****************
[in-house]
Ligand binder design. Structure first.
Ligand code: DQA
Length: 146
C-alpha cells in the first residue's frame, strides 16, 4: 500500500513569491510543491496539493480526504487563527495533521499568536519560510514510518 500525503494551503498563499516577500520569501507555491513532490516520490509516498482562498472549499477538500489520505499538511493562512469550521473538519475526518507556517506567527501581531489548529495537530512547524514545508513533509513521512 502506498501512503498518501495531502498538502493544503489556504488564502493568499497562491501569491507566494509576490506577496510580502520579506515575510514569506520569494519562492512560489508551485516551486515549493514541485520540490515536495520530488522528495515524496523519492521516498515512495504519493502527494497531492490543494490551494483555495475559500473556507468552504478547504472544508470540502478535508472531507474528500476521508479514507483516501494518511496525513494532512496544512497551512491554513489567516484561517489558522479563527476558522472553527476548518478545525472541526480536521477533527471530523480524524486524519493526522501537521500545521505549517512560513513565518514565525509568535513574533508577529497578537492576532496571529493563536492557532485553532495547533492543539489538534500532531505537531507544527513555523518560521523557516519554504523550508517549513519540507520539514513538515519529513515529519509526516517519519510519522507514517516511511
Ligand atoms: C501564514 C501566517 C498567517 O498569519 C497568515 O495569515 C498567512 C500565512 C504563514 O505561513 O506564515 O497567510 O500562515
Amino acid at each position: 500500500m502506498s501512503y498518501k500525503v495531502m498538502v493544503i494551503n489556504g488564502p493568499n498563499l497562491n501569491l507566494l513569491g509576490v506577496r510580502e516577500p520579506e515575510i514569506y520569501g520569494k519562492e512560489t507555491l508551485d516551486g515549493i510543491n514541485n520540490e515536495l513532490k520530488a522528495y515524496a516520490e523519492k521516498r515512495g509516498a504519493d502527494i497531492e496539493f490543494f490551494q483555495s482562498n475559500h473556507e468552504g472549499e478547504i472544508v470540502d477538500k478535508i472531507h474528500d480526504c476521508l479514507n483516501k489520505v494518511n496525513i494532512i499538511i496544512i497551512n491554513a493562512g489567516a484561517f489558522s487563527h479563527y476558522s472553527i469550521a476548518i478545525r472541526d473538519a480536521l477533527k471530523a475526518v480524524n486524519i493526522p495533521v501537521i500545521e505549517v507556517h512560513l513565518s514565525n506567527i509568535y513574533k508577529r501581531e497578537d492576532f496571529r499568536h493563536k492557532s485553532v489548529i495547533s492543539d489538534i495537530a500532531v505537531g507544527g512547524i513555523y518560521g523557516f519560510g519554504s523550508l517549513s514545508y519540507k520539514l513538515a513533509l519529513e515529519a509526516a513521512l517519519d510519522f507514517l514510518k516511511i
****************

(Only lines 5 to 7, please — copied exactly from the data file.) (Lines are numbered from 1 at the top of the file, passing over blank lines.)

C-alpha cells in the first residue's frame, strides 16, 4: 500500500513569491510543491496539493480526504487563527495533521499568536519560510514510518 500525503494551503498563499516577500520569501507555491513532490516520490509516498482562498472549499477538500489520505499538511493562512469550521473538519475526518507556517506567527501581531489548529495537530512547524514545508513533509513521512 502506498501512503498518501495531502498538502493544503489556504488564502493568499497562491501569491507566494509576490506577496510580502520579506515575510514569506520569494519562492512560489508551485516551486515549493514541485520540490515536495520530488522528495515524496523519492521516498515512495504519493502527494497531492490543494490551494483555495475559500473556507468552504478547504472544508470540502478535508472531507474528500476521508479514507483516501494518511496525513494532512496544512497551512491554513489567516484561517489558522479563527476558522472553527476548518478545525472541526480536521477533527471530523480524524486524519493526522501537521500545521505549517512560513513565518514565525509568535513574533508577529497578537492576532496571529493563536492557532485553532495547533492543539489538534500532531505537531507544527513555523518560521523557516519554504523550508517549513519540507520539514513538515519529513515529519509526516517519519510519522507514517516511511
Ligand atoms: C501564514 C501566517 C498567517 O498569519 C497568515 O495569515 C498567512 C500565512 C504563514 O505561513 O506564515 O497567510 O500562515
Amino acid at each position: 500500500m502506498s501512503y498518501k500525503v495531502m498538502v493544503i494551503n489556504g488564502p493568499n498563499l497562491n501569491l507566494l513569491g509576490v506577496r510580502e516577500p520579506e515575510i514569506y520569501g520569494k519562492e512560489t507555491l508551485d516551486g515549493i510543491n514541485n520540490e515536495l513532490k520530488a522528495y515524496a516520490e523519492k521516498r515512495g509516498a504519493d502527494i497531492e496539493f490543494f490551494q483555495s482562498n475559500h473556507e468552504g472549499e478547504i472544508v470540502d477538500k478535508i472531507h474528500d480526504c476521508l479514507n483516501k489520505v494518511n496525513i494532512i499538511i496544512i497551512n491554513a493562512g489567516a484561517f489558522s487563527h479563527y476558522s472553527i469550521a476548518i478545525r472541526d473538519a480536521l477533527k471530523a475526518v480524524n486524519i493526522p495533521v501537521i500545521e505549517v507556517h512560513l513565518s514565525n506567527i509568535y513574533k508577529r501581531e497578537d492576532f496571529r499568536h493563536k492557532s485553532v489548529i495547533s492543539d489538534i495537530a500532531v505537531g507544527g512547524i513555523y518560521g523557516f519560510g519554504s523550508l517549513s514545508y519540507k520539514l513538515a513533509l519529513e515529519a509526516a513521512l517519519d510519522f507514517l514510518k516511511i